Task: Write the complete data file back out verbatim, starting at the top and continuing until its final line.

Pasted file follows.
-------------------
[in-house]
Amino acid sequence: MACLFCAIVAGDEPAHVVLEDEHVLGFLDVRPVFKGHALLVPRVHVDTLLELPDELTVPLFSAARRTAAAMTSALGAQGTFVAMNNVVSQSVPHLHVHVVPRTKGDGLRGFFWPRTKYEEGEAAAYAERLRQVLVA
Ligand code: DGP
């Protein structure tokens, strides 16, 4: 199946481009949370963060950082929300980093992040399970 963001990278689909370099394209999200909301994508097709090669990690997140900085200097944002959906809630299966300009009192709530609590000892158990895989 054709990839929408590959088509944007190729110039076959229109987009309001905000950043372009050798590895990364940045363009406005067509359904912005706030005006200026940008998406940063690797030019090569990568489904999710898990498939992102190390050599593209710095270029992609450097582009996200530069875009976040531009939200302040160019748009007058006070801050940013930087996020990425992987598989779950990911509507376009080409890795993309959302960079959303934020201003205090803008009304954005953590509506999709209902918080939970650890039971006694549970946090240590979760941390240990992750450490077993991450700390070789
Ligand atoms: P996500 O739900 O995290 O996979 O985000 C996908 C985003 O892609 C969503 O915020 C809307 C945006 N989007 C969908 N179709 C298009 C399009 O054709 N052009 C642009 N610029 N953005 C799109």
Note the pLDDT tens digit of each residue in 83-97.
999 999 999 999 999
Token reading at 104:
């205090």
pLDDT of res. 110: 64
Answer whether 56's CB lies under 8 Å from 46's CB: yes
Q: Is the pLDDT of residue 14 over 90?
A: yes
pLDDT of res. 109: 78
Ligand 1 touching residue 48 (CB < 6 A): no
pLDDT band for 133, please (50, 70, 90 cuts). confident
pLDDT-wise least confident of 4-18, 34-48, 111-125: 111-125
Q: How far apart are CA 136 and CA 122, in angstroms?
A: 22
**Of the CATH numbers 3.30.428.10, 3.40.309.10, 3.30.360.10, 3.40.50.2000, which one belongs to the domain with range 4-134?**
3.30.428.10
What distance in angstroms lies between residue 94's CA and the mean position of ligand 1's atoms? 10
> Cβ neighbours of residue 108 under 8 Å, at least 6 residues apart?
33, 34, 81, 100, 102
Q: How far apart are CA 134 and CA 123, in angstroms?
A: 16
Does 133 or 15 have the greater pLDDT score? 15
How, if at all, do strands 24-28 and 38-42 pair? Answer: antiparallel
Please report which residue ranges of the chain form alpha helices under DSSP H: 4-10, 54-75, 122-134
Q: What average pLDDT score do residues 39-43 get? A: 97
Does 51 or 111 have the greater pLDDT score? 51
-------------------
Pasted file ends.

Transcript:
[in-house]
Amino acid sequence: MACLFCAIVAGDEPAHVVLEDEHVLGFLDVRPVFKGHALLVPRVHVDTLLELPDELTVPLFSAARRTAAAMTSALGAQGTFVAMNNVVSQSVPHLHVHVVPRTKGDGLRGFFWPRTKYEEGEAAAYAERLRQVLVA
Ligand code: DGP
């Protein structure tokens, strides 16, 4: 199946481009949370963060950082929300980093992040399970 963001990278689909370099394209999200909301994508097709090669990690997140900085200097944002959906809630299966300009009192709530609590000892158990895989 054709990839929408590959088509944007190729110039076959229109987009309001905000950043372009050798590895990364940045363009406005067509359904912005706030005006200026940008998406940063690797030019090569990568489904999710898990498939992102190390050599593209710095270029992609450097582009996200530069875009976040531009939200302040160019748009007058006070801050940013930087996020990425992987598989779950990911509507376009080409890795993309959302960079959303934020201003205090803008009304954005953590509506999709209902918080939970650890039971006694549970946090240590979760941390240990992750450490077993991450700390070789
Ligand atoms: P996500 O739900 O995290 O996979 O985000 C996908 C985003 O892609 C969503 O915020 C809307 C945006 N989007 C969908 N179709 C298009 C399009 O054709 N052009 C642009 N610029 N953005 C799109």
Note the pLDDT tens digit of each residue in 83-97.
999 999 999 999 999
Token reading at 104:
């205090």
pLDDT of res. 110: 64
Answer whether 56's CB lies under 8 Å from 46's CB: yes
Q: Is the pLDDT of residue 14 over 90?
A: yes
pLDDT of res. 109: 78
Ligand 1 touching residue 48 (CB < 6 A): no
pLDDT band for 133, please (50, 70, 90 cuts). confident
pLDDT-wise least confident of 4-18, 34-48, 111-125: 111-125
Q: How far apart are CA 136 and CA 122, in angstroms?
A: 22
**Of the CATH numbers 3.30.428.10, 3.40.309.10, 3.30.360.10, 3.40.50.2000, which one belongs to the domain with range 4-134?**
3.30.428.10
What distance in angstroms lies between residue 94's CA and the mean position of ligand 1's atoms? 10
> Cβ neighbours of residue 108 under 8 Å, at least 6 residues apart?
33, 34, 81, 100, 102
Q: How far apart are CA 134 and CA 123, in angstroms?
A: 16
Does 133 or 15 have the greater pLDDT score? 15
How, if at all, do strands 24-28 and 38-42 pair? Answer: antiparallel
Please report which residue ranges of the chain form alpha helices under DSSP H: 4-10, 54-75, 122-134
Q: What average pLDDT score do residues 39-43 get? A: 97
Does 51 or 111 have the greater pLDDT score? 51